Titus-Will Service and Tire in Tacoma Stocks All Major Premium and Discount Brands of Tires for Less
Titus-Will leverages our eight dealerships to get the lowest prices for tires. Ask a friendly service advisor for details. Compare our prices to Les Schwab Tacoma, Discount Tires Tacoma, Costco Tacoma, Walmart Tacoma, Goodyear Tires Tacoma, Sears Tacoma, or any other car dealership in Tacoma and save money!
When you’re shopping for new tires, always look for a set like your old tires. Not just any tires will do. Nobody knows this better than Titus-Will and that’s where you should go for your new set of tires or alignment service. We stock all major tire brands.
- BF Goodrich
How do you know if you need new tires?
Tire wear depends on several factors, including your driving style and tire maintenance habits. Wrong size load and speed rating can void your warranty. But one sure way to know when to replace your tires is when tread wear indicators appear. A tire’s built-in tread wear indicators are “wear bars” that look like narrow strips of smooth rubber across the tread and appear when it’s time to replace the tire.
You also need a new tire if:
- You can see three or more treadwear indicators around the tire
- Cord or fabric is showing through the rubber
- The tread or sidewall is cracked, cut or snagged deep enough to show cord or fabric
- The tire has a bulge or split
- The tire has a puncture, cut, or other damage that can’t be repaired correctly
Since each tire performs different tasks (such as steering or front versus rear wheel drive), tires wear at different rates. Rotating your tires at recommended intervals extends their useful life and achieves more uniform tire wear.
It’s important to rotate your tires according to the correct tire rotation pattern. Front tires encounter different tasks than the rear tires. And a front-wheel-drive car’s tires perform different tasks than those on a rear-wheel-drive car. Your owner’s manual specifies which rotation pattern is right for your vehicle, but general rule of thumb is every 5000-7000 miles.
Your vehicle’s front and rear tires may also use different pressures – make sure to adjust individual tire pressure to the recommendation for each wheel position. See your Owner’s Manual for recommendations.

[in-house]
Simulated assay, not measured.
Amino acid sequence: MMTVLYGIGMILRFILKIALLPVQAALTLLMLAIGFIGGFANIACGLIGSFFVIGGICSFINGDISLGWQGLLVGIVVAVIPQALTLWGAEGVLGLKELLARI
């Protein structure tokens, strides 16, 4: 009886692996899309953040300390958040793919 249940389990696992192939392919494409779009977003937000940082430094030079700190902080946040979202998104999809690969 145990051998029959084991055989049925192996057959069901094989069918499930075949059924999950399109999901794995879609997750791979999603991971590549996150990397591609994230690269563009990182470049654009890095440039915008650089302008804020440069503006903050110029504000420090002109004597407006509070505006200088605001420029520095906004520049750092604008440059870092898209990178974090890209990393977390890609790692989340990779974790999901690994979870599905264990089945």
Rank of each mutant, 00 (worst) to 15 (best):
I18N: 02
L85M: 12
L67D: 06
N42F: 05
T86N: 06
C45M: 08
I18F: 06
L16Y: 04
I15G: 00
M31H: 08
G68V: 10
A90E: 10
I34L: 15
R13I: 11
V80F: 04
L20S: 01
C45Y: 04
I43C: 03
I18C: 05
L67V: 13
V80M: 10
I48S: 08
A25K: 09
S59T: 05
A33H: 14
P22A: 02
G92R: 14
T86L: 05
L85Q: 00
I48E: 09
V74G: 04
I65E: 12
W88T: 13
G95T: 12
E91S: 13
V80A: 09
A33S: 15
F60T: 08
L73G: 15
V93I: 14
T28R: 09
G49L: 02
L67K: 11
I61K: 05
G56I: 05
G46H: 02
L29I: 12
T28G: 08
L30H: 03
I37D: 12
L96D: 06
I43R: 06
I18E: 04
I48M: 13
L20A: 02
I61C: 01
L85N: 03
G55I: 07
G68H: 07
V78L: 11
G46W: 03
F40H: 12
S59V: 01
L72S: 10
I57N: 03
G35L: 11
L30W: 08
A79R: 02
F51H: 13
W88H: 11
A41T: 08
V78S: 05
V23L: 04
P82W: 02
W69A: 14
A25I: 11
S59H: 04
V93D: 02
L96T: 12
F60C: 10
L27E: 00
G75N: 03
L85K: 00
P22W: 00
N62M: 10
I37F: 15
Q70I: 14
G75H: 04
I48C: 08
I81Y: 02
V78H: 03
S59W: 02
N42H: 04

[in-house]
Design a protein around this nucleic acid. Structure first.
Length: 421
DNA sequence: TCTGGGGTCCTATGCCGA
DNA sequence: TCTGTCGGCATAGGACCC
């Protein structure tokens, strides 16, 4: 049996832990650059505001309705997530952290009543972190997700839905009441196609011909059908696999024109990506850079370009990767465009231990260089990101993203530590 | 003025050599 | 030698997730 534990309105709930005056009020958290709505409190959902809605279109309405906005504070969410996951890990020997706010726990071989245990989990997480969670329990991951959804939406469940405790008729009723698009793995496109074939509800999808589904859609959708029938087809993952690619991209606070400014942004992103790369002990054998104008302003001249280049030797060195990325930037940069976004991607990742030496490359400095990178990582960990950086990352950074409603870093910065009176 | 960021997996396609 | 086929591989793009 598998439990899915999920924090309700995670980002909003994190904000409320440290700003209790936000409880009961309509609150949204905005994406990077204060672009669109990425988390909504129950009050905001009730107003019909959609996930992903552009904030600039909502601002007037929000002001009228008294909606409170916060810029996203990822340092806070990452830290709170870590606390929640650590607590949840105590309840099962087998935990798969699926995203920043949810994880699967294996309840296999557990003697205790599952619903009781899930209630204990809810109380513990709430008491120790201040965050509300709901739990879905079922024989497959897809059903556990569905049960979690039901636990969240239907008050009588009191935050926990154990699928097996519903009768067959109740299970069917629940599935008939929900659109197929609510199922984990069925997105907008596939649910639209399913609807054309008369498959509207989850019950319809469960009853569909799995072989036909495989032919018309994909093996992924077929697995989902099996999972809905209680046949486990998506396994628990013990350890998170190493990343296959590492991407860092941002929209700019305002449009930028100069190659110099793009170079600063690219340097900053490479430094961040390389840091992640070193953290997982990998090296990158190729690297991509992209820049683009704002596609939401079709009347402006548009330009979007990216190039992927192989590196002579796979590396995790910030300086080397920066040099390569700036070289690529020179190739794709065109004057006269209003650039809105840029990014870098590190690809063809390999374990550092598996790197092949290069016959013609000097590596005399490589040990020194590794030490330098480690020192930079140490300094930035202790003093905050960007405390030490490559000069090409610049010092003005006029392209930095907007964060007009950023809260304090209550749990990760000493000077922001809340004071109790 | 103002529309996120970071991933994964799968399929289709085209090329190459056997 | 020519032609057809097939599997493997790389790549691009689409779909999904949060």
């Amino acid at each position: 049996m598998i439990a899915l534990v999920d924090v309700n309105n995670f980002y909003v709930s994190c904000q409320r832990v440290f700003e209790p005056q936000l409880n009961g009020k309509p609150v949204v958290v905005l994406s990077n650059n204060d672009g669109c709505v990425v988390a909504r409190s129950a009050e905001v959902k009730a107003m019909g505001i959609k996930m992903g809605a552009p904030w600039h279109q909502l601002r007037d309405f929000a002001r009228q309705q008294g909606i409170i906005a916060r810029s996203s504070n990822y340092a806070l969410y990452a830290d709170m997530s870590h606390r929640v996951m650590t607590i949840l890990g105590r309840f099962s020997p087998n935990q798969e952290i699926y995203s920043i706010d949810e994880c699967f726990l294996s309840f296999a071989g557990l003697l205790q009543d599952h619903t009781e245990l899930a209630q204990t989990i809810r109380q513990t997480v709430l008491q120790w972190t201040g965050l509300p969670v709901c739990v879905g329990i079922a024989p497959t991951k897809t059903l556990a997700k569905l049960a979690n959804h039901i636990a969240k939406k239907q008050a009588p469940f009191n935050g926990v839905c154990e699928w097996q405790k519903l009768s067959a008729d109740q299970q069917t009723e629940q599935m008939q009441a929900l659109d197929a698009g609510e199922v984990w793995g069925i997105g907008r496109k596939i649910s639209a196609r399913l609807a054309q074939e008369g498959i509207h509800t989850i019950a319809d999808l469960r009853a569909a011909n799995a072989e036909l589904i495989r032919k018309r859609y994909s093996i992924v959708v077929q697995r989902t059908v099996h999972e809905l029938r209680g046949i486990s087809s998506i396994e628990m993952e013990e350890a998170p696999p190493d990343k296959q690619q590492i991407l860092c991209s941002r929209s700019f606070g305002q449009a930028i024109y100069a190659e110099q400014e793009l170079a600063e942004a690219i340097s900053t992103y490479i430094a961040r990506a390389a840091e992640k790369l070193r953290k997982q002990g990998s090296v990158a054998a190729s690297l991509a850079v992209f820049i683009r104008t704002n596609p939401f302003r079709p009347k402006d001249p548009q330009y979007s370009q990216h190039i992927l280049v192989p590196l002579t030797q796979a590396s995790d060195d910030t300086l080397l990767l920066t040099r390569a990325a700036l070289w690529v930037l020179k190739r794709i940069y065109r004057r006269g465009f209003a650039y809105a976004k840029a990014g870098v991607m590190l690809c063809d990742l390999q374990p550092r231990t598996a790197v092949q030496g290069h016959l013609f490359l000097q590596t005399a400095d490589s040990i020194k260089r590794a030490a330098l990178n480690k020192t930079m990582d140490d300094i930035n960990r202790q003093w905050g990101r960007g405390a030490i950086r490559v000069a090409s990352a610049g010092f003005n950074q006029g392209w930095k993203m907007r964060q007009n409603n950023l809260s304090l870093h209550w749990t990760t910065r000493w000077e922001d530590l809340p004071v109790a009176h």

Tire rotation helps protect tires against uneven wear by moving the tire location on the vehicle. Most tires will exhibit some form of wear based on numerous factors including: wheel alignment, miles driven, driving style and habits, and tire location on the vehicle. By moving or rotating the tires as recommended by the vehicle manufacturers, tires may wear more evenly; helping extend the life of the tires.
Our service includes:
- checking tire pressure
- inspecting tires to identify visible damage or abnormal wear patterns
- rotating tires according to the pattern recommended by the vehicle’s manufacturer
- installing lug nuts/bolts to the proper torque specifications*
* We recommend that you return within 500 miles of driving and we will re-torque lug nuts/bolts free of charge.
Wheel & Tire Alignment
Scheduled alignment and balancing are generally not needed, since your vehicle’s wheels were aligned and balanced at the factory. But if you notice unusual tire wear or that your vehicle pulls one way or the other, the wheel alignment may need to be reset. If you notice your vehicle vibrating on a smooth road, your wheels may be out of balance.
Alignment is critical for ensuring that you get maximum wear and performance from your tires. Poor alignment results from your car’s suspension and steering system becoming out of adjustment with each other. The biggest indicators of your vehicle being out of alignment are a “pulling” one way or the other as you drive or unusual tire wear. Improper tire inflation can also cause unusual tire wear.
Your vehicle may have both front and rear wheel alignment specifications. We will inspect your vehicle and recommend the alignment type that’s right for you.
A tire that is out of balance often affects ride quality and can shorten the life of tires, bearings, shocks, and other suspension components. A speed-dependent vibration – becoming noticeable around 45 mph and increasing as speed increases – is probably balance-related.